311 is fully integrated into the City's All-Hazards Plan. During a disaster, you can call 311 for information and instructions. Instructions may include shelters and preferred evacuation routes. Only call 911 to report an event immediately threatening life or property or the loss of life or property.
What is the role of the Mayor in Emergency Management?
As the chief elected official of the City, the Mayor has the authority to declare a local disaster and request State assistance. The Mayor is also the key policy maker. The Mayor ensures that all City departments are available to deploy during a disaster, based on their capabilities or to assist the police department in preserving life and protecting property.
What is the role of the Police Department in Emergency Management?
Primarily, the Police Department's role is to deal with criminal events. The Police Department's Bomb Squad may need to swing into action, as may their highly trained Special Weapons and Tactics Team (SWAT), or they may engage in traffic control. Police may also assist in coordinating support of fire and rescue efforts as requested by the Fire Department to include; securing a safe area for firefighters to operate, blocking streets, or going door-to-door to notify citizens to move to shelter or to evacuate. Also, the police aviation unit provides visual observation platforms to evaluate disasters in progress.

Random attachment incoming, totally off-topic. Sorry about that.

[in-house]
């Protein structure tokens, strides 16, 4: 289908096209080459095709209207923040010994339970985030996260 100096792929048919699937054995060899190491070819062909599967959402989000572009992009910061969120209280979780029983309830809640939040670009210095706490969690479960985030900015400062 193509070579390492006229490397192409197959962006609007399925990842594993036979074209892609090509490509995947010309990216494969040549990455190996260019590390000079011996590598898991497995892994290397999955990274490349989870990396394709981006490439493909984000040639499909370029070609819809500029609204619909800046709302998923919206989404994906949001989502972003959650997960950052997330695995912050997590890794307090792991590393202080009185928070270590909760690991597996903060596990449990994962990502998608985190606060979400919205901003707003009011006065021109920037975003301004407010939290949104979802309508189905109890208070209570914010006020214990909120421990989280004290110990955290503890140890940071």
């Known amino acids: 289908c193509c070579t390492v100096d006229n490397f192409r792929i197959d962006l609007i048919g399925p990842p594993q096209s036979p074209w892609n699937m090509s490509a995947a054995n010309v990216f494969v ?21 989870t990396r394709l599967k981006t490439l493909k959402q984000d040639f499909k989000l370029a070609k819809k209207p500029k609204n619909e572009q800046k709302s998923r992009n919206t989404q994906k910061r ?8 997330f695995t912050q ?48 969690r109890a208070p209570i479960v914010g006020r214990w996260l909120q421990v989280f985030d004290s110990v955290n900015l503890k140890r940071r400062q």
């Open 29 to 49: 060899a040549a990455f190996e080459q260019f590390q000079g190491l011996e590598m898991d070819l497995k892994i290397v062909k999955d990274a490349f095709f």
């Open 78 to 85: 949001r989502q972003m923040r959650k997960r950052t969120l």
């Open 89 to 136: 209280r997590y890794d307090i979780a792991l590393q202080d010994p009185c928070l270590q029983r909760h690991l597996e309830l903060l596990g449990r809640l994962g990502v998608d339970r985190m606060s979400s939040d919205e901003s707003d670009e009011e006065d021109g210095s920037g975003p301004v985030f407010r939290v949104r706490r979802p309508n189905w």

What is the role of the Fire Department?
Abq's fire & rescue officers are prepared to respond to any emergency with Emergency Medical Technician (EMT) training.
Primarily, the Fire Department will respond to rescues, structural failures, and land wildfires. All fire officers and rescue officers are Emergency Medical Technician (EMT)-trained. The Fire Department maintains two hazardous material response teams at all times, trained to enter and control hazardous material spills. Fire also staffs a heavy technical rescue taskforce. Taskforce officers are trained, equipped, and experienced to rescue from collapsed buildings, confined spaces, trenches, and heavy automobiles.
What is the Emergency Operations Center (EOC) and how does it work?
See page on the EOC.
Who else is involved in emergency management in the state of New Mexico?
See the full list of emergency management programs in the state of New Mexico.